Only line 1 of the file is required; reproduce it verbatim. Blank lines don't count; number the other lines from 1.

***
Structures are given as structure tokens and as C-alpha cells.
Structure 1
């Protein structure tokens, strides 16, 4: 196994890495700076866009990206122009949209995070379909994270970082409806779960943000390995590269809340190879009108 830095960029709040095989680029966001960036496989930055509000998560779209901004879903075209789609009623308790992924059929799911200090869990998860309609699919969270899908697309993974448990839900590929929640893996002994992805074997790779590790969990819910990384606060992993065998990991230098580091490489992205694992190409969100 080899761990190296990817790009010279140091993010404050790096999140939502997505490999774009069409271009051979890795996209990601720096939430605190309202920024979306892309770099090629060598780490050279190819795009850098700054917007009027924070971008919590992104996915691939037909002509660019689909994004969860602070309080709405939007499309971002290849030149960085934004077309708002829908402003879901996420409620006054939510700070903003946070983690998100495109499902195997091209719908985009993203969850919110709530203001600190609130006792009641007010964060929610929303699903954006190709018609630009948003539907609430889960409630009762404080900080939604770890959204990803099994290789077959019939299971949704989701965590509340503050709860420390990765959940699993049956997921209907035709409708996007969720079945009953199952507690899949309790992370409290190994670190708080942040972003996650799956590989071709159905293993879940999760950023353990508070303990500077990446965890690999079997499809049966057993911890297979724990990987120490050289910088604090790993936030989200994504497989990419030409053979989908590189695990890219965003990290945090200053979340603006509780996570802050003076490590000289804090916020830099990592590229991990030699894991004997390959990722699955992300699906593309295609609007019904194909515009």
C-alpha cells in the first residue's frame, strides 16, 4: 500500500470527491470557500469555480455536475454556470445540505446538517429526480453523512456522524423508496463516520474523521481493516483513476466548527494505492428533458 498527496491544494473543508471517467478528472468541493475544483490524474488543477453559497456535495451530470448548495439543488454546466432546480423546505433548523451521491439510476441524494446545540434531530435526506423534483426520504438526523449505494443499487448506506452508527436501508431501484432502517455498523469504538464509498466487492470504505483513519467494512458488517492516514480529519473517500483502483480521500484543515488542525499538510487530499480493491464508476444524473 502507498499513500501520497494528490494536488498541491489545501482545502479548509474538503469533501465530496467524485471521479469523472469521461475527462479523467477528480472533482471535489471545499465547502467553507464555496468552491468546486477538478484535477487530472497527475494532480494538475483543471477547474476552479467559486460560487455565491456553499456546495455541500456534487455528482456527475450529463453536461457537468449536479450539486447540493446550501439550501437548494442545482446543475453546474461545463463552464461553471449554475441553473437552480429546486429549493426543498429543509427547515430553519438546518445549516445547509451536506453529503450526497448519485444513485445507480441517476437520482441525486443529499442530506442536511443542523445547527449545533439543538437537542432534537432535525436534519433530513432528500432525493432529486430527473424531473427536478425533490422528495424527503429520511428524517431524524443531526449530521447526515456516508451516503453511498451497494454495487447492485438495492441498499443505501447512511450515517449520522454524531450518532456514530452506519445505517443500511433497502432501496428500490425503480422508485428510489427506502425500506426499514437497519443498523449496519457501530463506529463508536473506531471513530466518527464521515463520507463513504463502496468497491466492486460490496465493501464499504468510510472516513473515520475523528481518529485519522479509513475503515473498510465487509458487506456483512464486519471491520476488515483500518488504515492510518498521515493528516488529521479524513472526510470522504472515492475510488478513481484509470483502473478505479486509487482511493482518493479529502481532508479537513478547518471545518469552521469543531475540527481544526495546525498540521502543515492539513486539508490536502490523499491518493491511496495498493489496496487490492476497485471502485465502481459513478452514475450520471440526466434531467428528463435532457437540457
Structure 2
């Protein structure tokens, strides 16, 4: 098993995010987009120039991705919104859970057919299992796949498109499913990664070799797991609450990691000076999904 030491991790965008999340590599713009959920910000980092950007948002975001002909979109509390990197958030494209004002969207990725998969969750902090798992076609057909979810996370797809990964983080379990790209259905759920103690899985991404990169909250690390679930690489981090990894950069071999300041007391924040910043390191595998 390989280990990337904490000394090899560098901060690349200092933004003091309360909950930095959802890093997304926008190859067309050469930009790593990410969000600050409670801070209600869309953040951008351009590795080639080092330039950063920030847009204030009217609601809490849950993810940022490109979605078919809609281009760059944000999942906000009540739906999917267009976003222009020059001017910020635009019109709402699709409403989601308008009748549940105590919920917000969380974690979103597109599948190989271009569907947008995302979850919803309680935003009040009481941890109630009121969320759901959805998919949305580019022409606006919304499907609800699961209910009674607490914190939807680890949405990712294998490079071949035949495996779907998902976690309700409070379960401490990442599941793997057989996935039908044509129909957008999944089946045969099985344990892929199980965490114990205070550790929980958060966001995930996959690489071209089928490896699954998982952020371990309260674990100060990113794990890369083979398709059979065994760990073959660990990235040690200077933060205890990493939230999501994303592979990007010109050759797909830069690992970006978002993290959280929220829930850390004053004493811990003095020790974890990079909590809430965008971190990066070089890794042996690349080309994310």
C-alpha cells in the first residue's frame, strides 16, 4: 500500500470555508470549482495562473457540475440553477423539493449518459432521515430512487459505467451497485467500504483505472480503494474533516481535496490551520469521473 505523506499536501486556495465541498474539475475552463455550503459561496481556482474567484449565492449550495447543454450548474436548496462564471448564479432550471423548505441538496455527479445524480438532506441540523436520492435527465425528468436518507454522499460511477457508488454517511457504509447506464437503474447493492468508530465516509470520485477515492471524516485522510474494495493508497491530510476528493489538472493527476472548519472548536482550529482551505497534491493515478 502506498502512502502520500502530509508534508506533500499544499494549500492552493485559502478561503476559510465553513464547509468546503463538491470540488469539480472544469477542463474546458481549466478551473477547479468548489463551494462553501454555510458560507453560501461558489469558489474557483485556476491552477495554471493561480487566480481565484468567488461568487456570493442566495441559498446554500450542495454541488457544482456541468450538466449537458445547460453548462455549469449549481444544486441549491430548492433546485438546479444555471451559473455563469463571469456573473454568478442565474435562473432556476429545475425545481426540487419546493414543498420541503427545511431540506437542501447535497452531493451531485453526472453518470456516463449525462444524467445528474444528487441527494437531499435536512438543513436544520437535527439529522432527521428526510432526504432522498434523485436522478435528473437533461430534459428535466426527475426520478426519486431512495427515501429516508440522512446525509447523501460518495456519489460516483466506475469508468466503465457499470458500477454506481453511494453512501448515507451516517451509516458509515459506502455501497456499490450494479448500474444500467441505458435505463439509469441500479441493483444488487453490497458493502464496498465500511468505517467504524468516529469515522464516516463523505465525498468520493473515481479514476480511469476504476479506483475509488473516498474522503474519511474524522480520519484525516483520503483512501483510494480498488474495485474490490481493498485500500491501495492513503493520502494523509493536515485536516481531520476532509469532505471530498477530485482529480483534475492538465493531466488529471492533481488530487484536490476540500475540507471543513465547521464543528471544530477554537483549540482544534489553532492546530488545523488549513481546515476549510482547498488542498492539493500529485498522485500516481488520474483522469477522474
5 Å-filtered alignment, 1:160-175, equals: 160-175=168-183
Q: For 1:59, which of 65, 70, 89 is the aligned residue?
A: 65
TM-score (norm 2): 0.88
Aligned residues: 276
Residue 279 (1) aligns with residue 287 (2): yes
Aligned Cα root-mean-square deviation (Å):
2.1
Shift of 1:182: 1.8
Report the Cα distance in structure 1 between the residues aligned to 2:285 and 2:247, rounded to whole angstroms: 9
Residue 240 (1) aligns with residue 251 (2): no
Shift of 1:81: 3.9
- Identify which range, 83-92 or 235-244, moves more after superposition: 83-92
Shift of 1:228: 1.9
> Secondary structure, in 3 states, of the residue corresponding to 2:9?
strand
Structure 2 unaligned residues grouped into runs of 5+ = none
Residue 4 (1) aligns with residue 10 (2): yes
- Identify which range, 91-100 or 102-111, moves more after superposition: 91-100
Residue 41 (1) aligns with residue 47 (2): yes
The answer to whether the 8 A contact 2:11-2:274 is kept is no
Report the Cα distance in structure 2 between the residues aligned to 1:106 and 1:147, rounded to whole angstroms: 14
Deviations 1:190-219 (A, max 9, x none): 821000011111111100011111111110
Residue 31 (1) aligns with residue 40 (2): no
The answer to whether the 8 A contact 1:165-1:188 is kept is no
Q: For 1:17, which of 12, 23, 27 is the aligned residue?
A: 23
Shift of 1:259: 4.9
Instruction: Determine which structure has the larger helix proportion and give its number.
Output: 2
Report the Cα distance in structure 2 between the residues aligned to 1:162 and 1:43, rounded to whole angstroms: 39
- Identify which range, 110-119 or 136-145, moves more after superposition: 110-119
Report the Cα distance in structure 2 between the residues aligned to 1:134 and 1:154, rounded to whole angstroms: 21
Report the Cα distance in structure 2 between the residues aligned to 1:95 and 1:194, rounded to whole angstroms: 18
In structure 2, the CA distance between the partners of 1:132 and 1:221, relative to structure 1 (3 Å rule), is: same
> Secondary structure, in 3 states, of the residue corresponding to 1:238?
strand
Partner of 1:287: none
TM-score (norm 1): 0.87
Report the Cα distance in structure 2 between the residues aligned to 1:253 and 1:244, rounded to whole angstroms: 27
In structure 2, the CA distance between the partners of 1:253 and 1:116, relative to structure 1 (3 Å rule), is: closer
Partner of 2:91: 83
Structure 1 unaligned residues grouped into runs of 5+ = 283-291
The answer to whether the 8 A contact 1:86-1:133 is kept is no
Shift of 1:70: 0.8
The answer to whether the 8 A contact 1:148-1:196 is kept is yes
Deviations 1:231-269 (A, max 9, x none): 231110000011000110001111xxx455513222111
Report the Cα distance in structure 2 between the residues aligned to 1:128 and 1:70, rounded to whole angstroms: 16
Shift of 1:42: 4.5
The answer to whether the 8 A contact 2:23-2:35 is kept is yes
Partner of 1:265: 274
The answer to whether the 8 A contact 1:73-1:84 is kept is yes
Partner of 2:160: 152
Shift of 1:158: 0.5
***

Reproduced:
Structures are given as structure tokens and as C-alpha cells.